Sports / Track and field

New wave of heroes can expect to cash in

By Sun Xiaochen (China Daily) Updated: 2015-08-26 07:26

New wave of heroes can expect to cash in

Liu Xiang, who is working as a television commentator during the world championships, has reaped lucrative endorsement deals thanks to his achievements in 110m hurdles. PROVIDED TO CHINA DAILY

Sterling performances from a new generation of Chinese athletes has seen their market value surge.

But they still have a way to go to fill the void left by Liu Xiang.

When Liu, the 110m hurdles gold medalist at the 2004 Athens Olympics, announced his retirement in April due to a heel injury, experts did not expect anyone to step up and fill his shoes anytime soon - much like two other Chinese sporting icons, basketballer Yao Ming and tennis star Li Na.

However, with history-making athletes like sprinter Su Bingtian and swimmer Ning Zetao emerging on the track and in the pool, a new wave of commercial stars in China's sports galaxy has arrived sooner than expected.

"Boasting a combination of athletic excellence, market-able looks and international exposure, Su and Ning have both shown great potential as targets for commercial endorsements," said Tan Jianxiang, a sports sociology professor at South China Normal University.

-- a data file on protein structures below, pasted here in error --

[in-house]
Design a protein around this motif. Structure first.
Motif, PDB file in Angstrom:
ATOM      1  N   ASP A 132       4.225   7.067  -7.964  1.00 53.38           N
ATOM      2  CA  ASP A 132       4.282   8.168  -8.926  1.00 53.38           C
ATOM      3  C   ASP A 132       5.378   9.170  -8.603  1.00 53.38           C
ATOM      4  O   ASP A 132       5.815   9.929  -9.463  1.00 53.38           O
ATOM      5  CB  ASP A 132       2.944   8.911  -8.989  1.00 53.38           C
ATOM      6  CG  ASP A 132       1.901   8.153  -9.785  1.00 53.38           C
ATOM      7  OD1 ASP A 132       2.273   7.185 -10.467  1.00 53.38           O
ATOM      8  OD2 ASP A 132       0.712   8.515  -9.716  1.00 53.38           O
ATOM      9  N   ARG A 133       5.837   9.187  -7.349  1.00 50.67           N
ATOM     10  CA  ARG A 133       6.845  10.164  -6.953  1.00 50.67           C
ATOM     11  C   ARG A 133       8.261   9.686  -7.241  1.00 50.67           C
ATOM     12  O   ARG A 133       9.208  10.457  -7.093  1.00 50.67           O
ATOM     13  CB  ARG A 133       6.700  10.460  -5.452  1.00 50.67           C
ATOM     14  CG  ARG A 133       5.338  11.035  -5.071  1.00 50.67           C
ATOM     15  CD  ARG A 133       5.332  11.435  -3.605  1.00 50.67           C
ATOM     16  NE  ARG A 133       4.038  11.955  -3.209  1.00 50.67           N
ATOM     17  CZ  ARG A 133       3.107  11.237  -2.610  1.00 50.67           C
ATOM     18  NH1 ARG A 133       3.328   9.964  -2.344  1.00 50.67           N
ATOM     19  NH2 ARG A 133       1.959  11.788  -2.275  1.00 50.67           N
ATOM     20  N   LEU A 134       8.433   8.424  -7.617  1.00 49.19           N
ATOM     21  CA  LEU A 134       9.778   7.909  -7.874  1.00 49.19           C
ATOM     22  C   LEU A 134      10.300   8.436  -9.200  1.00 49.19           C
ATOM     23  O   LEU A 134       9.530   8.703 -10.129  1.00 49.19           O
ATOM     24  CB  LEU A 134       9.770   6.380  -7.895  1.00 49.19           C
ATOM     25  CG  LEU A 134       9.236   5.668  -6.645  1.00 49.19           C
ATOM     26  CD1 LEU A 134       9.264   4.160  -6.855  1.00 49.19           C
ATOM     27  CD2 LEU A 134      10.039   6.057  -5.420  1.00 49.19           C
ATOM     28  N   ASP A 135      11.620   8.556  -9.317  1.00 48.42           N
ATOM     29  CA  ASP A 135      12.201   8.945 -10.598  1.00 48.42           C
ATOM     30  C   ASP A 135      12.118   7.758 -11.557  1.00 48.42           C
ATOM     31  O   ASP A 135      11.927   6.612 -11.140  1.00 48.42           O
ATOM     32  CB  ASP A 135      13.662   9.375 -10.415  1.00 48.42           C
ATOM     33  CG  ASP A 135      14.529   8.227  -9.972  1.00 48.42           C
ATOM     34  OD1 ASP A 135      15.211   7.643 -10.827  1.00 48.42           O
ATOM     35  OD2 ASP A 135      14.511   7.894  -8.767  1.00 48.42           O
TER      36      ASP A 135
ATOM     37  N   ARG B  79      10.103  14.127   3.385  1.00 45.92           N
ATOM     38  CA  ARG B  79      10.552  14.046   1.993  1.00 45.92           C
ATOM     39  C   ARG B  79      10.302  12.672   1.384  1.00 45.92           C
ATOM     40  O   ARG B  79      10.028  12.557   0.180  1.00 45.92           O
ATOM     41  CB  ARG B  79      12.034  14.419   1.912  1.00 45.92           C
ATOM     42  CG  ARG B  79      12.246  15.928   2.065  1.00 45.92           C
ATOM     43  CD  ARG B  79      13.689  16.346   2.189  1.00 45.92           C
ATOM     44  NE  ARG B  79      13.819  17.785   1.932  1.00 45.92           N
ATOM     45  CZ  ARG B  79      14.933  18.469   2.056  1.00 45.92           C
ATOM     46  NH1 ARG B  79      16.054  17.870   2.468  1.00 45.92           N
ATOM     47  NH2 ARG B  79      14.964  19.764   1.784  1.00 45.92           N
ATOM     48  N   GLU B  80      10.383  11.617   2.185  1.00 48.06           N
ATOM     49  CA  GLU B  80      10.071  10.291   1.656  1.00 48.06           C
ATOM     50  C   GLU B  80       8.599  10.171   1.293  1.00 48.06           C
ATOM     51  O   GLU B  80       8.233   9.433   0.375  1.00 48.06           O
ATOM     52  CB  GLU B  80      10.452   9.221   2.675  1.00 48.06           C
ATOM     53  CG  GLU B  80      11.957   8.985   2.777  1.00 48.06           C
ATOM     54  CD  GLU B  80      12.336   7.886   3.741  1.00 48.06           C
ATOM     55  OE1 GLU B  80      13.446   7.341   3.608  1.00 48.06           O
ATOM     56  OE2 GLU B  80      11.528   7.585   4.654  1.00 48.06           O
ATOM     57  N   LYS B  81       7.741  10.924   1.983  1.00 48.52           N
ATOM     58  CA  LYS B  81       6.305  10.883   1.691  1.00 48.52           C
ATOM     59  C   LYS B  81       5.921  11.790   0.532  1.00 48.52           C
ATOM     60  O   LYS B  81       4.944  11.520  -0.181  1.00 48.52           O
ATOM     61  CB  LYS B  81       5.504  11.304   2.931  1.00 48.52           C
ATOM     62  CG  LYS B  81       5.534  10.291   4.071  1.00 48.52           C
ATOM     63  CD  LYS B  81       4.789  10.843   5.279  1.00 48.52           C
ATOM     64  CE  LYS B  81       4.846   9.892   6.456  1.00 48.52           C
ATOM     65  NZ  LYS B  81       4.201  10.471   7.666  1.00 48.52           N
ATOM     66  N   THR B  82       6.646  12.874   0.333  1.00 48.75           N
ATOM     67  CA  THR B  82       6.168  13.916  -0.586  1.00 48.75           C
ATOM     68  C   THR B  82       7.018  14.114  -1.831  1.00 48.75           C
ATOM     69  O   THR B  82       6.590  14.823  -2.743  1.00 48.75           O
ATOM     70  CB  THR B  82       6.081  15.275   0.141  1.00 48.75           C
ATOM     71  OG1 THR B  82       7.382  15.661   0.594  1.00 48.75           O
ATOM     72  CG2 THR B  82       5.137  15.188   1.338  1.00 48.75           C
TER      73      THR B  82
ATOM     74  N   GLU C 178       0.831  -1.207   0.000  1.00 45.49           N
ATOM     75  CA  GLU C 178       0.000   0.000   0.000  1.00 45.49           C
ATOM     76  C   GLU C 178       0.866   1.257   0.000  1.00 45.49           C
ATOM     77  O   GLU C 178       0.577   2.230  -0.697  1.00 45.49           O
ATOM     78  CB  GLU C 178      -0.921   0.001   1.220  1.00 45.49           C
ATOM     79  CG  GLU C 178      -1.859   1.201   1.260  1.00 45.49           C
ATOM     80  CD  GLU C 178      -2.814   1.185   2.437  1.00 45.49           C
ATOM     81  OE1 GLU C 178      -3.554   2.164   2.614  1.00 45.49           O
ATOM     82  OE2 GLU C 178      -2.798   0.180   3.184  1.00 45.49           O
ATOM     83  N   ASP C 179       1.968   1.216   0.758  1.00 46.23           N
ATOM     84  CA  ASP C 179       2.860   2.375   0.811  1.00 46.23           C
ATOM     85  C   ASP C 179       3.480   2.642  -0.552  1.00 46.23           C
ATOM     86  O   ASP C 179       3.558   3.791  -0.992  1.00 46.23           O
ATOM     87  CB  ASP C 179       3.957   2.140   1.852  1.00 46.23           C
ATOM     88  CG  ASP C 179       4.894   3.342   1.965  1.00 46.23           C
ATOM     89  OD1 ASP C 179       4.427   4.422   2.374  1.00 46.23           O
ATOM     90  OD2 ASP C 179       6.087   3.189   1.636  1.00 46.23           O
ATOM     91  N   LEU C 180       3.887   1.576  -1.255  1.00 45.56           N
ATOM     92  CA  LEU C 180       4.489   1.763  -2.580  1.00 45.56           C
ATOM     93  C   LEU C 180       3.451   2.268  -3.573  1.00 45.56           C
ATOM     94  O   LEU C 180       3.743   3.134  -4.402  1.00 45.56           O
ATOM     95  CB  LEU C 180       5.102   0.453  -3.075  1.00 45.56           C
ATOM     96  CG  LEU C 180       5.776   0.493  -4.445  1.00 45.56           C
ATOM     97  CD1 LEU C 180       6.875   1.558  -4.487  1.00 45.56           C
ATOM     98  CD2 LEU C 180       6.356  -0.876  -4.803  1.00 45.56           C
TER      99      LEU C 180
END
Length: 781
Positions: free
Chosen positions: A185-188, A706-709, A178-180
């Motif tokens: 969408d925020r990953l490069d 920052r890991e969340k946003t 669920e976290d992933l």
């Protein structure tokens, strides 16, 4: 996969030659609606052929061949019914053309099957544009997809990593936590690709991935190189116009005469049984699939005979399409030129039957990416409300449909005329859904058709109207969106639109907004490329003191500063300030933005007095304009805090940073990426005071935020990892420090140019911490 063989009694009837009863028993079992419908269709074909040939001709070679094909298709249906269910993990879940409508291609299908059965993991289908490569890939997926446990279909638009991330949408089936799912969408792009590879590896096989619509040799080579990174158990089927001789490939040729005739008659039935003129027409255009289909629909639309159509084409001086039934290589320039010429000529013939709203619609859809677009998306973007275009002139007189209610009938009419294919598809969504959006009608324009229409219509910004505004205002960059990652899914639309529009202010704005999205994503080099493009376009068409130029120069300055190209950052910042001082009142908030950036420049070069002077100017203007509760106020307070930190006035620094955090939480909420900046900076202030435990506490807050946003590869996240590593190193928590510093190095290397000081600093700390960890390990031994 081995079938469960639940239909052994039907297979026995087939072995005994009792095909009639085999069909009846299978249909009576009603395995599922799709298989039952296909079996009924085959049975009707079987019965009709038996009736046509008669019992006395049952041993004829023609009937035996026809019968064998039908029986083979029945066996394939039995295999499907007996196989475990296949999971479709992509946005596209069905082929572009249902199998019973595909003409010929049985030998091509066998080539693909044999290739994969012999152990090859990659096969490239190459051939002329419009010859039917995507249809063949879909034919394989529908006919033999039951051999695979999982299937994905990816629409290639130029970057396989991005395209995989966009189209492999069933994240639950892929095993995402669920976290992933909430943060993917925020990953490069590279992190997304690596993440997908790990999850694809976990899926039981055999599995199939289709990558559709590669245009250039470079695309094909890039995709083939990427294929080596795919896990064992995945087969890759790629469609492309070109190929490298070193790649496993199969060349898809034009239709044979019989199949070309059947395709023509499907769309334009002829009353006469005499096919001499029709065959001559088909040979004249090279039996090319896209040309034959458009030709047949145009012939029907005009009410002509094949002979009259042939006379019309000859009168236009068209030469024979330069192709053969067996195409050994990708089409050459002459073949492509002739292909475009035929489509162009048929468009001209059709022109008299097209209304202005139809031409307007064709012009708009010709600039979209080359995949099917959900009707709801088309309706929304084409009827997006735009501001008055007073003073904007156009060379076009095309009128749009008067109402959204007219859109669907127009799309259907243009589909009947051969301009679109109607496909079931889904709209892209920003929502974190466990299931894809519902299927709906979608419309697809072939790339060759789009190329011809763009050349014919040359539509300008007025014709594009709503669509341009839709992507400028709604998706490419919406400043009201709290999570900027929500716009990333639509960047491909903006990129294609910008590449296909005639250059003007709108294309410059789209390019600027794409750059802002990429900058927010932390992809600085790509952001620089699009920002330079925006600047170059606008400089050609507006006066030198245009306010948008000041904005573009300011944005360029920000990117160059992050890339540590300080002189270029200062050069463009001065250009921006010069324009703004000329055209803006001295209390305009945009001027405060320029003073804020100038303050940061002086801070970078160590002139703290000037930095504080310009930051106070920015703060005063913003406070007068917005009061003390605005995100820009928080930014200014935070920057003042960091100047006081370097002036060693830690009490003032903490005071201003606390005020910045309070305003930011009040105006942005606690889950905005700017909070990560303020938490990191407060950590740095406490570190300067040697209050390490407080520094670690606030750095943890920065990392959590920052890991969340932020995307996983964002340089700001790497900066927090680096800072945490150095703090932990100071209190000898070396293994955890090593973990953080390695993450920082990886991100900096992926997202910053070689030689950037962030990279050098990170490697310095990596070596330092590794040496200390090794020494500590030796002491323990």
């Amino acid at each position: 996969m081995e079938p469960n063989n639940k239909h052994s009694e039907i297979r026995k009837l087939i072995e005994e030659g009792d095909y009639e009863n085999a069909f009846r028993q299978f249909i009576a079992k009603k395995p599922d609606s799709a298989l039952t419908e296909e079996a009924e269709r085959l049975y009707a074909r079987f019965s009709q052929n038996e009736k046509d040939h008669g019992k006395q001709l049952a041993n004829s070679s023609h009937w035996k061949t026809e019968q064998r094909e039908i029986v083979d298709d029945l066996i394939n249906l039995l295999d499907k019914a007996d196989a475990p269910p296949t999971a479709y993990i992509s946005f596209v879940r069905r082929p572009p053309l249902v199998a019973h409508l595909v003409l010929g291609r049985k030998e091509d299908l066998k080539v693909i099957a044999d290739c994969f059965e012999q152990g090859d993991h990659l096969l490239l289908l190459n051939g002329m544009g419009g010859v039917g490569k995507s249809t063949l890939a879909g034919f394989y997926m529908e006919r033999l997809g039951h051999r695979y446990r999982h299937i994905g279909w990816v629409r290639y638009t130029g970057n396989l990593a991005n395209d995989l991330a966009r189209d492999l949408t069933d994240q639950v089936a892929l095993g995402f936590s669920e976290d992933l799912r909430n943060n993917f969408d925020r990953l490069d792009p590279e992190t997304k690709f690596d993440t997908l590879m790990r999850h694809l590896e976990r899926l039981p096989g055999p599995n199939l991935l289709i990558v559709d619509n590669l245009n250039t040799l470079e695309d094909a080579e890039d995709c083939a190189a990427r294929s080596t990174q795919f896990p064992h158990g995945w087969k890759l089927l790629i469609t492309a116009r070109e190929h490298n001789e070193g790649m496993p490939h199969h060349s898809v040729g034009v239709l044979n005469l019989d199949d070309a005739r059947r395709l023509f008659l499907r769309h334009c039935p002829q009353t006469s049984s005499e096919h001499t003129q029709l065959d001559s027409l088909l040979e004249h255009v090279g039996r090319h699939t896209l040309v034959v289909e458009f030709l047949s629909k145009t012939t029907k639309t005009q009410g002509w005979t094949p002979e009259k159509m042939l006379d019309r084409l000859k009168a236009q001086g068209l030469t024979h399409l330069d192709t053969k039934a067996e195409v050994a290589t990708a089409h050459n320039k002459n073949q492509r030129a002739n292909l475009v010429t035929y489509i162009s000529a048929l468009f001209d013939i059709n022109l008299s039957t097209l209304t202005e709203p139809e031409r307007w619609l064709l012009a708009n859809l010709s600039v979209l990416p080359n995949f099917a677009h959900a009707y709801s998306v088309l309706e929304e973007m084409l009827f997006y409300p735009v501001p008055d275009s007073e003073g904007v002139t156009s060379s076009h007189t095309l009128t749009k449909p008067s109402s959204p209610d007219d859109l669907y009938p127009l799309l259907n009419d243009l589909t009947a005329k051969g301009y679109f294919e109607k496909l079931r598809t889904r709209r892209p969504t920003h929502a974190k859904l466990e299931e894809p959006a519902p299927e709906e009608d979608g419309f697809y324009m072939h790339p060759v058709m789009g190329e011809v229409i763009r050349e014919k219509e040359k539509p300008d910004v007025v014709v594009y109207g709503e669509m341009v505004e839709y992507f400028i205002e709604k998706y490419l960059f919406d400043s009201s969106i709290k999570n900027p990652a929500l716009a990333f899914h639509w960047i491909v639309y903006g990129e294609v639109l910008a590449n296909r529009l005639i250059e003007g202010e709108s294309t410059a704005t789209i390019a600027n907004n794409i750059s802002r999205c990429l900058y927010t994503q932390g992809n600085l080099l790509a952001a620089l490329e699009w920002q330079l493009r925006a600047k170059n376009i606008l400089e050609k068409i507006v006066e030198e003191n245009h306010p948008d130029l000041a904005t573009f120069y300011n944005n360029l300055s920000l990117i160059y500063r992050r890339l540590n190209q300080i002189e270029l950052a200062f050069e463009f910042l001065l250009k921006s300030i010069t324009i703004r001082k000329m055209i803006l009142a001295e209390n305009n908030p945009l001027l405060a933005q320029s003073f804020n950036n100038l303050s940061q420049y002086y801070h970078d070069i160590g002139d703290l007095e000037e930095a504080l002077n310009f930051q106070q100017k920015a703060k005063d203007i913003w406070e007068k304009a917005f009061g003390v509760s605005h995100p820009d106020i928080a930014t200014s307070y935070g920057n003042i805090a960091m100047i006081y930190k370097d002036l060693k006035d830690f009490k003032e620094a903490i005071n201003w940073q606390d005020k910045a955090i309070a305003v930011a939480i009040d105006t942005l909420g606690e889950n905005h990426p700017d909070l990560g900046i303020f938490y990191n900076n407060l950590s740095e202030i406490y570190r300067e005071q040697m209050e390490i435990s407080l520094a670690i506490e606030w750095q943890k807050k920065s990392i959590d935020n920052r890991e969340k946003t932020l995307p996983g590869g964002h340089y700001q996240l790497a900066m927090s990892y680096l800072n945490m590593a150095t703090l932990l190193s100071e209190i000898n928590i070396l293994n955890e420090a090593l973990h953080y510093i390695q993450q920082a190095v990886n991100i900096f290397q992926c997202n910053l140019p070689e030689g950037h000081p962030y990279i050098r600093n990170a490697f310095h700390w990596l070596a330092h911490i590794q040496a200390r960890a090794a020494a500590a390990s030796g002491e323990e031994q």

Su became the first Asian athlete to reach the men's 100m final at the world championships after clocking a national record-tying 9.99 seconds in the semis on Sunday.

That was close on the heels of Ning winning the men's 100m freestyle at the world aquatics championships on Aug 6 in Russia - also an Asian first.

Su's breakthrough resulted in the 25-year-old fielding interview requests at a Nike media conference.

According to the Chinese Athletics Association, 100m sprinter Zhang Peimeng, who narrowly missed making the finals of the 2013 worlds following an impressive 10sec result in the semis, has the most endorsements on the national track and field team. Zhang has at least three lucrative deals, including one with German automaker BMW.

Feng Shuyong, head coach of the national squad, said the sport's governing body welcomes sponsors, but only on the condition that commercial activities do not affect the athletes' training and competition routines.

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